In a recent case, a man who was banned from entering the village in which he had previously lived, after successive acts of anti-social behaviour, has lost his appeal against the imposition of an anti-social behaviour injunction (ASBI).

Michael Redpath had lived in Warneage Green in Wiltshire for 48 years and had a history of anti-social behaviour when drunk. On one occasion he was imprisoned for six months for drink-driving, after his neighbours tipped off the police. In retaliation, Mr Redpath harassed them and damaged their property. His repeated anti-social behaviour led to Swindon Council evicting him from his home in 2006. In addition, Swindon County Court also granted the Council an ASBI forbidding Mr Redpath from entering the village.

In 2007, in defiance of the injunction, Mr Redpath entered the village and caused damage to cars and threw a stone through the window of a house. He was sentenced to eight weeks in prison and given another ASBI. Undeterred, he again entered the village in 2008. This time he threw a brick through a car windscreen and used a metal pole to smash another house window. He was served with yet another ASBI banning him from entering the village and from behaving in an anti-social manner.

Under section 153A of the Housing Act 1996, Mr Redpath’s conduct had to be deemed ‘housing-related’ in order for the Council to be permitted to use an ASBI against him. The Court of Appeal ruled that his conduct did fall within the definition of ‘housing-related’ for the purposes of the Act. His frequenting of a bus shelter and Council-owned garages let to tenants in the village was held to be housing-related conduct. It did not matter whether or not Mr Redpath or his former neighbours were Council tenants.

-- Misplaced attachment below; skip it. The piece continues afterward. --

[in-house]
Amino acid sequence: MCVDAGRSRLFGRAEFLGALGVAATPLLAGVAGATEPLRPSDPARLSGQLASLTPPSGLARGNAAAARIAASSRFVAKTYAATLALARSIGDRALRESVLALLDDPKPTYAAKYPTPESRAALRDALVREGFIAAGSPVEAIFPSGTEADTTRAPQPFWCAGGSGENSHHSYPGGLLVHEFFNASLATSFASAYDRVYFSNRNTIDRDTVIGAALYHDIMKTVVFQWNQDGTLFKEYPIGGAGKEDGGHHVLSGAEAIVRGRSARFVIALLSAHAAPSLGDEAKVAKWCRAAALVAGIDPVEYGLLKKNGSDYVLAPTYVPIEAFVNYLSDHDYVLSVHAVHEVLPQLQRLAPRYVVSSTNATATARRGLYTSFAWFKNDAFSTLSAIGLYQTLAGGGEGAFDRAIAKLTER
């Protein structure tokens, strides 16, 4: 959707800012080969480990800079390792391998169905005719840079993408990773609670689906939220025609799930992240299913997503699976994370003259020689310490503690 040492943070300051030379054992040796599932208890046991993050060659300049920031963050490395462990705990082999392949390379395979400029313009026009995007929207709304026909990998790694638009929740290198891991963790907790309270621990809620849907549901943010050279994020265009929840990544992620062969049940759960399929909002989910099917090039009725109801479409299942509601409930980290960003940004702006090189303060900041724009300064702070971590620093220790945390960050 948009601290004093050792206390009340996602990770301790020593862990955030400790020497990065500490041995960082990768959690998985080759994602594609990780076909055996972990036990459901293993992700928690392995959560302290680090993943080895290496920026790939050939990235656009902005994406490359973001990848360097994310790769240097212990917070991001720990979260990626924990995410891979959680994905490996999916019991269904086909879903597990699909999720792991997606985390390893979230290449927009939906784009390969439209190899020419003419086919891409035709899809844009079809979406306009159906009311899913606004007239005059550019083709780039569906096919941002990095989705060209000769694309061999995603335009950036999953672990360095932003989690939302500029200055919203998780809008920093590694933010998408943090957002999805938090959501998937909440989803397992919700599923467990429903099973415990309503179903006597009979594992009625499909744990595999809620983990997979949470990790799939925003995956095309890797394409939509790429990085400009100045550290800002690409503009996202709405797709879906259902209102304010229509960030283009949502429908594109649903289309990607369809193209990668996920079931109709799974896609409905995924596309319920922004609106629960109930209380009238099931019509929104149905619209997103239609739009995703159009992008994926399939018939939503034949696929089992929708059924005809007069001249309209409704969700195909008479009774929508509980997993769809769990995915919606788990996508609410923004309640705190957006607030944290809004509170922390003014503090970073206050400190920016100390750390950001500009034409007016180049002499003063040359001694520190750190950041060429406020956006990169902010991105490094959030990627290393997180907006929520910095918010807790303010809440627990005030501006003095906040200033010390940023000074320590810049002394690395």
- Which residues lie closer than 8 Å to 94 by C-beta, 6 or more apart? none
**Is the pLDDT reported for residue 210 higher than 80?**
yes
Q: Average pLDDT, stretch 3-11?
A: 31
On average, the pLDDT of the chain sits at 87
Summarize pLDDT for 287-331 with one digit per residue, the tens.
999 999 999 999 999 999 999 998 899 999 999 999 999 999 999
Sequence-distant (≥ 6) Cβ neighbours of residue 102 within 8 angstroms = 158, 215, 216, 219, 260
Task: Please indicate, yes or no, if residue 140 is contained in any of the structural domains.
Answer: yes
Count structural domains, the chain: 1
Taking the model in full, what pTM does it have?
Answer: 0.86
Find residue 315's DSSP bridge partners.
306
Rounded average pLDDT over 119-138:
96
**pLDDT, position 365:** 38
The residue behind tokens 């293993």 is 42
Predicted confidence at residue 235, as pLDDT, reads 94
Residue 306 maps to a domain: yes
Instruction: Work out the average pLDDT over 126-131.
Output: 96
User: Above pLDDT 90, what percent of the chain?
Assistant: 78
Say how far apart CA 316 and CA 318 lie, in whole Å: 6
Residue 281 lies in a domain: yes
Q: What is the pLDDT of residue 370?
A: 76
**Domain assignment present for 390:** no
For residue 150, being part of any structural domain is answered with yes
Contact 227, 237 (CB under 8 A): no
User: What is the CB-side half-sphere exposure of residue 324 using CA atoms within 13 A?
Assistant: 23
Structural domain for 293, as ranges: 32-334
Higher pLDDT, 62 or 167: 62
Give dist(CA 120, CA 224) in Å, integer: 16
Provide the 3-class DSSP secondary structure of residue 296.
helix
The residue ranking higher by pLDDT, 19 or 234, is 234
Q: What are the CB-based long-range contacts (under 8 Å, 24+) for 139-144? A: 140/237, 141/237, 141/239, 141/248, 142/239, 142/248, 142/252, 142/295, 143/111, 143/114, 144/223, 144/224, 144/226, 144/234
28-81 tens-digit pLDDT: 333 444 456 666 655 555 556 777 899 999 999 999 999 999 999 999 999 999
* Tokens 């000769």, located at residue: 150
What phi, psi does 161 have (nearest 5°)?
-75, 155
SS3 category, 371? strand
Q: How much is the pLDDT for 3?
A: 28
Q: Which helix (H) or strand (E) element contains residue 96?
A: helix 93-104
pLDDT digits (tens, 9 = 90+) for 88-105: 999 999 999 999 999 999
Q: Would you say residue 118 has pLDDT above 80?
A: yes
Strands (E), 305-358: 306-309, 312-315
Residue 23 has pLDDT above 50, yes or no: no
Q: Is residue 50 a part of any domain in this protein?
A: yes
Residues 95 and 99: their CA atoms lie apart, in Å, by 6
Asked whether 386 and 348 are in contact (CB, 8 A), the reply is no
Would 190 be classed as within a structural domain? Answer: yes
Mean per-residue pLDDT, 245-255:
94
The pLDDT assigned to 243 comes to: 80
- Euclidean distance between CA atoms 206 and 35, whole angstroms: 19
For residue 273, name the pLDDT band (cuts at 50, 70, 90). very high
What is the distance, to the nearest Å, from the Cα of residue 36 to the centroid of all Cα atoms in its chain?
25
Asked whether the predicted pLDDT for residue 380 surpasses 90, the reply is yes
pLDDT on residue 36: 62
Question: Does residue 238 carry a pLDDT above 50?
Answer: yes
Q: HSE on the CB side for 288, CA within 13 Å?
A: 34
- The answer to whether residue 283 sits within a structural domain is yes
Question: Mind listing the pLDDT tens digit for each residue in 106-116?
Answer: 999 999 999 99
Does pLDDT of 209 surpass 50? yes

The Court was of the view that the removal of Mr Redpath as a tenant was insufficient on its own to protect the inhabitants of the village from his anti-social conduct.

The purpose of the law relating to anti-social behaviour is to reduce or eliminate it. Whilst the Court was aware of the danger of interpreting the legislation too widely, it should also not be interpreted in an artificially restrictive way. In situations such as this, citizens have a right to be protected from the anti-social actions of others. Mr Redpath’s appeal was therefore dismissed.